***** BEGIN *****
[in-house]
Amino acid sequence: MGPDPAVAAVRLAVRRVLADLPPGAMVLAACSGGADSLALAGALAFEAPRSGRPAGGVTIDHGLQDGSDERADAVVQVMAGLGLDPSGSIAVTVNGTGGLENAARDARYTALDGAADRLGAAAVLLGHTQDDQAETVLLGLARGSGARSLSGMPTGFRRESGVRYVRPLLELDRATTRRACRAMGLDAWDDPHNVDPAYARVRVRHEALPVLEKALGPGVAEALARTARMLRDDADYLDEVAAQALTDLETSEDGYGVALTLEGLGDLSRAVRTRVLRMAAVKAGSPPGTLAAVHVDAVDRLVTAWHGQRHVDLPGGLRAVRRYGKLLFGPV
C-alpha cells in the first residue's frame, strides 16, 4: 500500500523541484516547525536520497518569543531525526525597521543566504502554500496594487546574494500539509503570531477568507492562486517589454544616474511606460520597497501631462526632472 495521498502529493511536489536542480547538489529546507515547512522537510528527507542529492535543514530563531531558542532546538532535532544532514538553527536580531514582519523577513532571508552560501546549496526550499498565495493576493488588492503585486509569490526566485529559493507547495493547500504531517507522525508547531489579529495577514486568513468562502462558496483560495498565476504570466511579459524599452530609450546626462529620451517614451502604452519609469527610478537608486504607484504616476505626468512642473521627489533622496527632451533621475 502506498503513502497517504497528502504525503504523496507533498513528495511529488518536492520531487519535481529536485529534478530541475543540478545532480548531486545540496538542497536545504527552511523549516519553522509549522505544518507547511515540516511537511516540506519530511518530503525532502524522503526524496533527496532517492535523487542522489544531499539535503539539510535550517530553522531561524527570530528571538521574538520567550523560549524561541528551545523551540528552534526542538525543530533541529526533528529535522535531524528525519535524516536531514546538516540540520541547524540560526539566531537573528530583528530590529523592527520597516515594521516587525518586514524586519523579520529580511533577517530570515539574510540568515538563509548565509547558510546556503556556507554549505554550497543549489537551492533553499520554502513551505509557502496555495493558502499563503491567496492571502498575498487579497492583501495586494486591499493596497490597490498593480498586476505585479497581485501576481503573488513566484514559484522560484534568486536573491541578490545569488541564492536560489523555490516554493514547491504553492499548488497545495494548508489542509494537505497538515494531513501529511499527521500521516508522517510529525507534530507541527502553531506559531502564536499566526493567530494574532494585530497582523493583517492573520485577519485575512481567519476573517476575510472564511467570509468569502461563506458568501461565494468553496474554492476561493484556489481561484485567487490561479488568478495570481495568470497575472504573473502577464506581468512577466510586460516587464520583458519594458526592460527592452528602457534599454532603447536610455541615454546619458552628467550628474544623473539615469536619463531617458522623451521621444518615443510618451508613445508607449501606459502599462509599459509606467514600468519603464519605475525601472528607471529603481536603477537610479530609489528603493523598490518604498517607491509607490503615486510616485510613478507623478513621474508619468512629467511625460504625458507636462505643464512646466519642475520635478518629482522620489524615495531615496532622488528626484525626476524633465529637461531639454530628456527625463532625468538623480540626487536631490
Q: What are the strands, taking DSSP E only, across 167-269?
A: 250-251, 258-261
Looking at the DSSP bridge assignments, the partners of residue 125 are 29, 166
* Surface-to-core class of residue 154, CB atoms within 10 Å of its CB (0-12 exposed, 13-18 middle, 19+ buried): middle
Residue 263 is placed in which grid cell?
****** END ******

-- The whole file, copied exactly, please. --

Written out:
[in-house]
Amino acid sequence: MGPDPAVAAVRLAVRRVLADLPPGAMVLAACSGGADSLALAGALAFEAPRSGRPAGGVTIDHGLQDGSDERADAVVQVMAGLGLDPSGSIAVTVNGTGGLENAARDARYTALDGAADRLGAAAVLLGHTQDDQAETVLLGLARGSGARSLSGMPTGFRRESGVRYVRPLLELDRATTRRACRAMGLDAWDDPHNVDPAYARVRVRHEALPVLEKALGPGVAEALARTARMLRDDADYLDEVAAQALTDLETSEDGYGVALTLEGLGDLSRAVRTRVLRMAAVKAGSPPGTLAAVHVDAVDRLVTAWHGQRHVDLPGGLRAVRRYGKLLFGPV
C-alpha cells in the first residue's frame, strides 16, 4: 500500500523541484516547525536520497518569543531525526525597521543566504502554500496594487546574494500539509503570531477568507492562486517589454544616474511606460520597497501631462526632472 495521498502529493511536489536542480547538489529546507515547512522537510528527507542529492535543514530563531531558542532546538532535532544532514538553527536580531514582519523577513532571508552560501546549496526550499498565495493576493488588492503585486509569490526566485529559493507547495493547500504531517507522525508547531489579529495577514486568513468562502462558496483560495498565476504570466511579459524599452530609450546626462529620451517614451502604452519609469527610478537608486504607484504616476505626468512642473521627489533622496527632451533621475 502506498503513502497517504497528502504525503504523496507533498513528495511529488518536492520531487519535481529536485529534478530541475543540478545532480548531486545540496538542497536545504527552511523549516519553522509549522505544518507547511515540516511537511516540506519530511518530503525532502524522503526524496533527496532517492535523487542522489544531499539535503539539510535550517530553522531561524527570530528571538521574538520567550523560549524561541528551545523551540528552534526542538525543530533541529526533528529535522535531524528525519535524516536531514546538516540540520541547524540560526539566531537573528530583528530590529523592527520597516515594521516587525518586514524586519523579520529580511533577517530570515539574510540568515538563509548565509547558510546556503556556507554549505554550497543549489537551492533553499520554502513551505509557502496555495493558502499563503491567496492571502498575498487579497492583501495586494486591499493596497490597490498593480498586476505585479497581485501576481503573488513566484514559484522560484534568486536573491541578490545569488541564492536560489523555490516554493514547491504553492499548488497545495494548508489542509494537505497538515494531513501529511499527521500521516508522517510529525507534530507541527502553531506559531502564536499566526493567530494574532494585530497582523493583517492573520485577519485575512481567519476573517476575510472564511467570509468569502461563506458568501461565494468553496474554492476561493484556489481561484485567487490561479488568478495570481495568470497575472504573473502577464506581468512577466510586460516587464520583458519594458526592460527592452528602457534599454532603447536610455541615454546619458552628467550628474544623473539615469536619463531617458522623451521621444518615443510618451508613445508607449501606459502599462509599459509606467514600468519603464519605475525601472528607471529603481536603477537610479530609489528603493523598490518604498517607491509607490503615486510616485510613478507623478513621474508619468512629467511625460504625458507636462505643464512646466519642475520635478518629482522620489524615495531615496532622488528626484525626476524633465529637461531639454530628456527625463532625468538623480540626487536631490
Q: What are the strands, taking DSSP E only, across 167-269?
A: 250-251, 258-261
Looking at the DSSP bridge assignments, the partners of residue 125 are 29, 166
* Surface-to-core class of residue 154, CB atoms within 10 Å of its CB (0-12 exposed, 13-18 middle, 19+ buried): middle
Residue 263 is placed in which grid cell?